Saturday, December 12, 2015

The Demand for "Workers" Control (1945)

From the December 1945 issue of the Socialist Standard

Reynolds News (4th November, 1945) published the following letter:—
   "I am surprised that Mr. Shinwell says he does not subscribe to the doctrine of workers' control of industry. Surely this has always been one of the basic principles of the Trade Union Movement.
   It appears that, instead of applying Socialism, many of our leaders are endeavouring to find a way out of or around the problem. Only a planned economy of workers' control can realise a full Socialist State.
B. Darke
London, E.9.
Mr. Darke's view is that of many supporters of the Labour Party.

It is completely divergent from the intentions of the Labour Government.

The idea has also been expressed by strikes recently.

The idea is a plausible one: simply this, that if a Government of "workers' representatives" (Labour leaders) are in office it is "Workers' control" of industry.

That therefore things will be run increasingly to the benefit of the workers—correspondingly to the detriment of the capitalists, realising, eventually, planned economy in a "full Socialist State".

Wherein lies Mr. Darke's error? First of all, workers' control is not Socialism. Socialism abolishes classes and therefore the working class. Socialism is democratic control of production by the whole community—not by a section of it.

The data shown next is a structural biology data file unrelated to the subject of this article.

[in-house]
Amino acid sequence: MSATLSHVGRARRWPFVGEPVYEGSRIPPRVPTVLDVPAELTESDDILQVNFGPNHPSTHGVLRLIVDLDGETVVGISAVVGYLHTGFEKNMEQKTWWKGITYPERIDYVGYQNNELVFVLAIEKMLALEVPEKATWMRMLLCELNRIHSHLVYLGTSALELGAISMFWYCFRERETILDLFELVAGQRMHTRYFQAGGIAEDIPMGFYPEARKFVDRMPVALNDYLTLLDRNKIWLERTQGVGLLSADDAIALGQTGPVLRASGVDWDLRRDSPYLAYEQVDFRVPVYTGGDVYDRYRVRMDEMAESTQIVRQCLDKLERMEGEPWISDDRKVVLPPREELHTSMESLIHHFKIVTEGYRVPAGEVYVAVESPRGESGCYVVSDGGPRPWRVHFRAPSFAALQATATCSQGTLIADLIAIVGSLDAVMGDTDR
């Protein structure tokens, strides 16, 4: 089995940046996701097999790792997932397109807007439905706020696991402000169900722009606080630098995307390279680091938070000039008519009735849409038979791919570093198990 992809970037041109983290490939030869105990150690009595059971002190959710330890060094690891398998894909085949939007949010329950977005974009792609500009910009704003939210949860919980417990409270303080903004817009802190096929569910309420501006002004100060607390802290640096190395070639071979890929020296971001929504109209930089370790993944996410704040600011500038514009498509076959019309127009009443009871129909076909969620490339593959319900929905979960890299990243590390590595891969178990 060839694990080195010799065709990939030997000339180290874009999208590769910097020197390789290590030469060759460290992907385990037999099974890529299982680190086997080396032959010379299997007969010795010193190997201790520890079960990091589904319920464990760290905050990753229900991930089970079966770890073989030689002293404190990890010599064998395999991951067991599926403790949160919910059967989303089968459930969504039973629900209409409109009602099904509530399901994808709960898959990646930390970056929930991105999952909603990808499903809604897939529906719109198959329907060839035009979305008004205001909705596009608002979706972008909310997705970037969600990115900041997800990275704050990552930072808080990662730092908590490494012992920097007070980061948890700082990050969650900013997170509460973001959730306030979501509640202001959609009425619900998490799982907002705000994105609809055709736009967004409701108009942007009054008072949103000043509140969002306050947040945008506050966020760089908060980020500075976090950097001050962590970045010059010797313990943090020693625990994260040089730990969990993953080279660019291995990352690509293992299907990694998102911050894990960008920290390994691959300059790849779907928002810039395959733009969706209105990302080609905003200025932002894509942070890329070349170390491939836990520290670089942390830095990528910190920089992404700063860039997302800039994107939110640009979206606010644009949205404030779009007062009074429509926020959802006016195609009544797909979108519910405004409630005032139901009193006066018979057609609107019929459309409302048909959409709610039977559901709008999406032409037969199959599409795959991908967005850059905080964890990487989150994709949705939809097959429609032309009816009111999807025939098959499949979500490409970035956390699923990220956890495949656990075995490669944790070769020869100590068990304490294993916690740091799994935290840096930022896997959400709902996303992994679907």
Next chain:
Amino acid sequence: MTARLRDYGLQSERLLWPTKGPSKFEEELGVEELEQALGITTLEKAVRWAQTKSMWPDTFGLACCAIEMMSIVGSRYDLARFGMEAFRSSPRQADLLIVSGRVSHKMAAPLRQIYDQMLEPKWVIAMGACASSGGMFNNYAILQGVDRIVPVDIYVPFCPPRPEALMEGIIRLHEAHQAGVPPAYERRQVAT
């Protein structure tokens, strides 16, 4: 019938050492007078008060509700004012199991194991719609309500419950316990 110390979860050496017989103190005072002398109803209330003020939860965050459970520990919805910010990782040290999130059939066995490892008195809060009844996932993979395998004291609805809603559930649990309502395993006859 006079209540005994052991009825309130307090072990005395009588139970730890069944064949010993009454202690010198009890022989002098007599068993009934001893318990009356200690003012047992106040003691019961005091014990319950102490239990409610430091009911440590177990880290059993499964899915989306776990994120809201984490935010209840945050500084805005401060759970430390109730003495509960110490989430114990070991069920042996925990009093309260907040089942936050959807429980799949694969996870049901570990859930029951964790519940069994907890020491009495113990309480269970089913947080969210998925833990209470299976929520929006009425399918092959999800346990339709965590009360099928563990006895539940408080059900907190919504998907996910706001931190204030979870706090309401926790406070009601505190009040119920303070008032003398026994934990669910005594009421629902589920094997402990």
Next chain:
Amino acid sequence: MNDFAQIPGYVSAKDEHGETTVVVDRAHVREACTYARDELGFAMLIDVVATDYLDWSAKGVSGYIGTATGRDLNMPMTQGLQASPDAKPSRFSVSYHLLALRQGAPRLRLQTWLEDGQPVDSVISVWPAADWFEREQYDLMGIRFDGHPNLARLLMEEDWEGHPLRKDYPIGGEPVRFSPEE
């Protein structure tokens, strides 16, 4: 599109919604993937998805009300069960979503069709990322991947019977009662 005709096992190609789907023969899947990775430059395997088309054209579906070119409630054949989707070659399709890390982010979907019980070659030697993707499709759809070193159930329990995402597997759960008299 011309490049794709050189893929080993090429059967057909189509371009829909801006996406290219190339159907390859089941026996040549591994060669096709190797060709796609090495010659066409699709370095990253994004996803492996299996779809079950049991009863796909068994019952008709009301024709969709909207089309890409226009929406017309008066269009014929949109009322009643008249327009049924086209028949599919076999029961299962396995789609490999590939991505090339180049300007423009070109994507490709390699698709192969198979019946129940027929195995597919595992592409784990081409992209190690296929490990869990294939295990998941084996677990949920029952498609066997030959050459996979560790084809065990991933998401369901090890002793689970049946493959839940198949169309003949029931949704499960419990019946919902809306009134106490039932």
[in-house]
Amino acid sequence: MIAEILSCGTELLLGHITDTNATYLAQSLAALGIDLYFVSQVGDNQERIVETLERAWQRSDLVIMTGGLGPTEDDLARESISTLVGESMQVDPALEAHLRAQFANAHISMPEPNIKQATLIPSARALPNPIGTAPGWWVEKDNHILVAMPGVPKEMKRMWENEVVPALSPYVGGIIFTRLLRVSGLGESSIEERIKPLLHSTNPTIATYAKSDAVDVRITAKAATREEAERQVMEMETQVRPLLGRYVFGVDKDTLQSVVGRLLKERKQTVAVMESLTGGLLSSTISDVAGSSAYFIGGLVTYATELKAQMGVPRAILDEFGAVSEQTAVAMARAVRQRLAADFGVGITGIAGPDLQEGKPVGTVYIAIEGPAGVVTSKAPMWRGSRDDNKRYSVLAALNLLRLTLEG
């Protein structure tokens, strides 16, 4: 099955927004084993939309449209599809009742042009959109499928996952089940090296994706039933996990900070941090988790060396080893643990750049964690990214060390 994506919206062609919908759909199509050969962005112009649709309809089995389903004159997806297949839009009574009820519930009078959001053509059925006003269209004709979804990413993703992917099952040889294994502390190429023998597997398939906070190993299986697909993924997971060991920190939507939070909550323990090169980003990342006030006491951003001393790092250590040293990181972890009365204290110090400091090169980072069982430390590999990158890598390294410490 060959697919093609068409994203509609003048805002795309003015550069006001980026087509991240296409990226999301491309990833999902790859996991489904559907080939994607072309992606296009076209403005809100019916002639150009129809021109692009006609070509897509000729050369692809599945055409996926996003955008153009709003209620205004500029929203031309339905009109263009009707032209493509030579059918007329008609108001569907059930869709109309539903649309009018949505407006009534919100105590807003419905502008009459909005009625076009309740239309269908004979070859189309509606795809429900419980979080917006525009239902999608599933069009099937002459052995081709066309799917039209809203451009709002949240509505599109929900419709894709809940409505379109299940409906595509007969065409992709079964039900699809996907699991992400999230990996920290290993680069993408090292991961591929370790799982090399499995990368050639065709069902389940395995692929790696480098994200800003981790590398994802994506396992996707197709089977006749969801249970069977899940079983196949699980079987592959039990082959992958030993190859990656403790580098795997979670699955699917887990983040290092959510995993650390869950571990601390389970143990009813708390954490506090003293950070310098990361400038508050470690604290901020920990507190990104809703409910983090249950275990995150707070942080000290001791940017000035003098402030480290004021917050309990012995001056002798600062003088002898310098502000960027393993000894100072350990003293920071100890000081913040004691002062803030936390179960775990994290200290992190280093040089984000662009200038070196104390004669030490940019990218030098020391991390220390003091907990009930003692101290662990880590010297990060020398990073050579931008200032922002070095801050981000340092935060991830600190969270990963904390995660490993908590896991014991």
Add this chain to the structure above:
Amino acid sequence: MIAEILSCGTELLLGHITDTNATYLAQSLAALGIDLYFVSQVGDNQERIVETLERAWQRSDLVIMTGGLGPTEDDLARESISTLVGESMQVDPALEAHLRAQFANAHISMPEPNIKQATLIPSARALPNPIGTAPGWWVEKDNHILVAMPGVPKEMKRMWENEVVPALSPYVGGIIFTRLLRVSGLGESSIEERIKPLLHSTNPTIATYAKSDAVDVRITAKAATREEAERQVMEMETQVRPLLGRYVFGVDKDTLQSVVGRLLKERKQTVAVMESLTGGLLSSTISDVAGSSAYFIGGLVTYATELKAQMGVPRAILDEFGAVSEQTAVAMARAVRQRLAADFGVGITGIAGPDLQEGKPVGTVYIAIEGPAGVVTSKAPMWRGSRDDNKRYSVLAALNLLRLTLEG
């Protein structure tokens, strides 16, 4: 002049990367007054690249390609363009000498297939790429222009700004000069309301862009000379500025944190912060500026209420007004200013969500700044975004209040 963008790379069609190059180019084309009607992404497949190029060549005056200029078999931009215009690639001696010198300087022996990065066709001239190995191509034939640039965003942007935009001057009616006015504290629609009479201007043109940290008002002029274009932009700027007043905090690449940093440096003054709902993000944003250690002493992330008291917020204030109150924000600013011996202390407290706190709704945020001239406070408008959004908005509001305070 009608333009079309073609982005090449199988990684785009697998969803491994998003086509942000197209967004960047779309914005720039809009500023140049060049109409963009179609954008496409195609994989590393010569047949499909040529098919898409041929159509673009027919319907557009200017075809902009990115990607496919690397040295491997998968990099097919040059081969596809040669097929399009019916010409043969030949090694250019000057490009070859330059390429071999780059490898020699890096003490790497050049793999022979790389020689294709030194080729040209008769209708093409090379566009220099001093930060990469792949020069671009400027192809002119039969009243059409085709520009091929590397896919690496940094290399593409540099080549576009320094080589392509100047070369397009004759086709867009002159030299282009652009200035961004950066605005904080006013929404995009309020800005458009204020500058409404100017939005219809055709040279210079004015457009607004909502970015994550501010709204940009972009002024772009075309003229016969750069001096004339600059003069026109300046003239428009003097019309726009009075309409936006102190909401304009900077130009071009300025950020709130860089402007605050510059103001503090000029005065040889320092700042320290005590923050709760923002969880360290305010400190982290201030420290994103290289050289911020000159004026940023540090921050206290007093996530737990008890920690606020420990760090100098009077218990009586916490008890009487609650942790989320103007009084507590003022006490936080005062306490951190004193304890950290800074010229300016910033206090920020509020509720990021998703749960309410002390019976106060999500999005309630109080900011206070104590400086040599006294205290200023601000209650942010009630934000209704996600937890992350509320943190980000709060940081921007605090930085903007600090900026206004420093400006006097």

Secondly, and more importantly, neither is a Labour Government "workers' control."

First, "workers control" in the sense of operating production is universal to-day. But if by "workers' control" is meant control of the ownership and distribution of the wealth the workers produce, it obviously cannot be under capitalism. Capitalism is a system based on private ownership; so long as capitalists own, they control.

Where Mr. Darke is confused is that he believes, like so many workers, that a Government composed of men who one worked with their hands, Labour leaders who are ex-dockers, miners, grocers' boys and milk-float drivers, necessarily makes the policy and intentions of that Government different. It does not.

The Labour Party is elected on a programme for the retention of capitalism. It has deluded many electors that its nationalisation schemes are Socialism. They are not.

It urges the workers now to work harder and tighten their belts to increase exports as a step to "Socialism." It is not.

1 comment:

Imposs1904 said...

More on Bob Darke here:

At the time of the 1945 article, Darke was a longstanding and influential Communist Party leader in the East End of London. Within five years, he went down the 'God that failed' route. More information on that is contained in the article by Robert Barltrop linked to above.